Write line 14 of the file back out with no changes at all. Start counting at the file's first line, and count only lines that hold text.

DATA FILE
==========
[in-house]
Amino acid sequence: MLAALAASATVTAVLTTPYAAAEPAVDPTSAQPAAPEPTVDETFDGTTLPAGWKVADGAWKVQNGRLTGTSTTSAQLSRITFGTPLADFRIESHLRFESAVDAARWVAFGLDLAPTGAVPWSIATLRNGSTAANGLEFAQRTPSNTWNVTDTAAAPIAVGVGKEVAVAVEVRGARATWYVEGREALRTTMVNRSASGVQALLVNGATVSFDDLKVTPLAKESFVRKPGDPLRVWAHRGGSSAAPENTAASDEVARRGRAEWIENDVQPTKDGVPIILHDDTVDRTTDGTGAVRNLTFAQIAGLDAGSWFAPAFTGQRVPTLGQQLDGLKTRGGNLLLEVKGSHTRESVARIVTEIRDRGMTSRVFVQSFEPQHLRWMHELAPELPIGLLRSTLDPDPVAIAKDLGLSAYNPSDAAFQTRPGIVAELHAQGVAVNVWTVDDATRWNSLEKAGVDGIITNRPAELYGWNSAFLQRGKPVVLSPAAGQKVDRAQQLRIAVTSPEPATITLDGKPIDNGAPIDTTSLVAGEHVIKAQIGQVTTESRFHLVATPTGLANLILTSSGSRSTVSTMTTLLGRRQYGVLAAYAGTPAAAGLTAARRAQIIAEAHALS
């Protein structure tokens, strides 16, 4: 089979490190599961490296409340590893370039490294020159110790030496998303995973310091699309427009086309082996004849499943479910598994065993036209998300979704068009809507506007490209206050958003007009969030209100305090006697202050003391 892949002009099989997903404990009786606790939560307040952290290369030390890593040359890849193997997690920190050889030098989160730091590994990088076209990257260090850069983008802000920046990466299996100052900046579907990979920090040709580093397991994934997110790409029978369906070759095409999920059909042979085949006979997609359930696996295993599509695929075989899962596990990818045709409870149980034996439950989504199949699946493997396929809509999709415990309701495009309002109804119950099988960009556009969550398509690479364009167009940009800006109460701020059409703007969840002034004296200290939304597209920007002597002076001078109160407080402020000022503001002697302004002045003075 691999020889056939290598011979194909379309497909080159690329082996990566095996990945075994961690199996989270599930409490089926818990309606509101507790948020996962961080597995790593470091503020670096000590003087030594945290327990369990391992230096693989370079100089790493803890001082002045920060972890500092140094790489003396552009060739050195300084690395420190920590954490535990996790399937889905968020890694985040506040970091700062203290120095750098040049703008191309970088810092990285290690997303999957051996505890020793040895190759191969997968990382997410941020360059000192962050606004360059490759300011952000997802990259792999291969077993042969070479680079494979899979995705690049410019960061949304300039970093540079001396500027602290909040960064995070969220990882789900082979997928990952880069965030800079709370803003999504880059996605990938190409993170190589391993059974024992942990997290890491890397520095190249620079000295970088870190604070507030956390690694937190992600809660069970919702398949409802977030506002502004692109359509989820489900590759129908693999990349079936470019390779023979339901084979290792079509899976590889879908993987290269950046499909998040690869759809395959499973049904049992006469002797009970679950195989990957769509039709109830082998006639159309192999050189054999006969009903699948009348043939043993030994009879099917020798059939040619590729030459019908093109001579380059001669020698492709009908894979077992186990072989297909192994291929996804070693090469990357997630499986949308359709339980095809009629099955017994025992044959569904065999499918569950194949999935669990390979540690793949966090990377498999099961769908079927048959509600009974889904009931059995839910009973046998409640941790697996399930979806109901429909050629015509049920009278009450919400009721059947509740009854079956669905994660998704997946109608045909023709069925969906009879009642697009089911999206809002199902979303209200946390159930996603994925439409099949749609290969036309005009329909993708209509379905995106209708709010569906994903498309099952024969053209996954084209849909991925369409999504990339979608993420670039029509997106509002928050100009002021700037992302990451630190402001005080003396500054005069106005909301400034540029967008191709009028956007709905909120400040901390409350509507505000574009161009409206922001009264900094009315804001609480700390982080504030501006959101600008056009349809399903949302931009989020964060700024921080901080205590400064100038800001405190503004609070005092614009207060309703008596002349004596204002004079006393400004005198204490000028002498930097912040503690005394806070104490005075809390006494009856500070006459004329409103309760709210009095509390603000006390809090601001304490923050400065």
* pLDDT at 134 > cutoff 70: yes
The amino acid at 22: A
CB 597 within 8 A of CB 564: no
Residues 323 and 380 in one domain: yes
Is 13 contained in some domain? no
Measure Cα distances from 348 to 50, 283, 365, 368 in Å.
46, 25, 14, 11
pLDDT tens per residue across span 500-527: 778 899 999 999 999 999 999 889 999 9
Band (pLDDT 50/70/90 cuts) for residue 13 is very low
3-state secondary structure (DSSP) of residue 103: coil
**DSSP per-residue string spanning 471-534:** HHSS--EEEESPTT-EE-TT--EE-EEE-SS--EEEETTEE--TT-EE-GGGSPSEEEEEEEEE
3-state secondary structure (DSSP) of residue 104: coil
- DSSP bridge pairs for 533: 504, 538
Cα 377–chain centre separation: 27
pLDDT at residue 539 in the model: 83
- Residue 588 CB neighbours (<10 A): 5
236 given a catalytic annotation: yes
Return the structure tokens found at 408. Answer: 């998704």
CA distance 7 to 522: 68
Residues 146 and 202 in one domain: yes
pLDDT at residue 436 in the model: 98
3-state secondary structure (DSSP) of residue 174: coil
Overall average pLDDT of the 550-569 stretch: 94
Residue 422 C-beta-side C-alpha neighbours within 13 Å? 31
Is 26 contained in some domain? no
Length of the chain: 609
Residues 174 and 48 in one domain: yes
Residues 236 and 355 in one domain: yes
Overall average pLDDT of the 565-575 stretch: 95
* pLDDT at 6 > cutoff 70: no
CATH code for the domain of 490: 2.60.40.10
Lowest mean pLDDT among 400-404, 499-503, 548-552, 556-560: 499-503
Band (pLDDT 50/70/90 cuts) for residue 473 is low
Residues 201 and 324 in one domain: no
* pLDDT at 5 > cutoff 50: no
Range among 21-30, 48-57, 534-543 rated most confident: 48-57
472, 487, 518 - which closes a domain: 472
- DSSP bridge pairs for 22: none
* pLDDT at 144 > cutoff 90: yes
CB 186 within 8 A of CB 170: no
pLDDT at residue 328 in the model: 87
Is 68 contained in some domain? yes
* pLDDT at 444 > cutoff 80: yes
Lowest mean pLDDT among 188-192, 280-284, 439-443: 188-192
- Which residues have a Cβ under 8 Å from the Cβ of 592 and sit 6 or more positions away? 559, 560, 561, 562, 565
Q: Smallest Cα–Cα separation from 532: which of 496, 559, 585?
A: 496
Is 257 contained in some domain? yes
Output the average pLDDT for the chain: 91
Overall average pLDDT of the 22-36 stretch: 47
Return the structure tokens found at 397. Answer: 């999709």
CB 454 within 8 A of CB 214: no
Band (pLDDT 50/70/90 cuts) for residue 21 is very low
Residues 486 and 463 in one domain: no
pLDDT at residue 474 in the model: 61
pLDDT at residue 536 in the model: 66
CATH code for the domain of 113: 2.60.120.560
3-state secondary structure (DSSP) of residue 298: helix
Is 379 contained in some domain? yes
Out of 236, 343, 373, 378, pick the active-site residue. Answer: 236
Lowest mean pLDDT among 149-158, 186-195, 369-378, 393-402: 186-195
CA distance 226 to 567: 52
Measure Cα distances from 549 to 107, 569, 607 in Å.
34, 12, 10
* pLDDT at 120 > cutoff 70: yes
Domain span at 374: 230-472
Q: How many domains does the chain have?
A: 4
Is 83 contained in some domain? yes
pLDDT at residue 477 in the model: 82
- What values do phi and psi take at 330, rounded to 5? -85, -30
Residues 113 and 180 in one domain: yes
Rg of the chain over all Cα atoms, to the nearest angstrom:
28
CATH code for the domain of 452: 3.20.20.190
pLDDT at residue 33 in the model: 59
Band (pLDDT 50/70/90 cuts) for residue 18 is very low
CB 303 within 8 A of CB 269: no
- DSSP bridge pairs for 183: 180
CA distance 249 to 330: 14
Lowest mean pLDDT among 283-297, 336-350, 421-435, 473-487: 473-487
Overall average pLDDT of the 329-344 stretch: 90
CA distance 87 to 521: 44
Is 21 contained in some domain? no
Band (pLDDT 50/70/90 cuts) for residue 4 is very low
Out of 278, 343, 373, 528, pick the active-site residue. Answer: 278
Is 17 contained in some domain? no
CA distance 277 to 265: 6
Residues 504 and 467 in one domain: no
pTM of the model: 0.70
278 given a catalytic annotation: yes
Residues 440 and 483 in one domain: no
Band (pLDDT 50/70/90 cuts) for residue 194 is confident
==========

**DSSP per-residue string spanning 471-534:** HHSS--EEEESPTT-EE-TT--EE-EEE-SS--EEEETTEE--TT-EE-GGGSPSEEEEEEEEE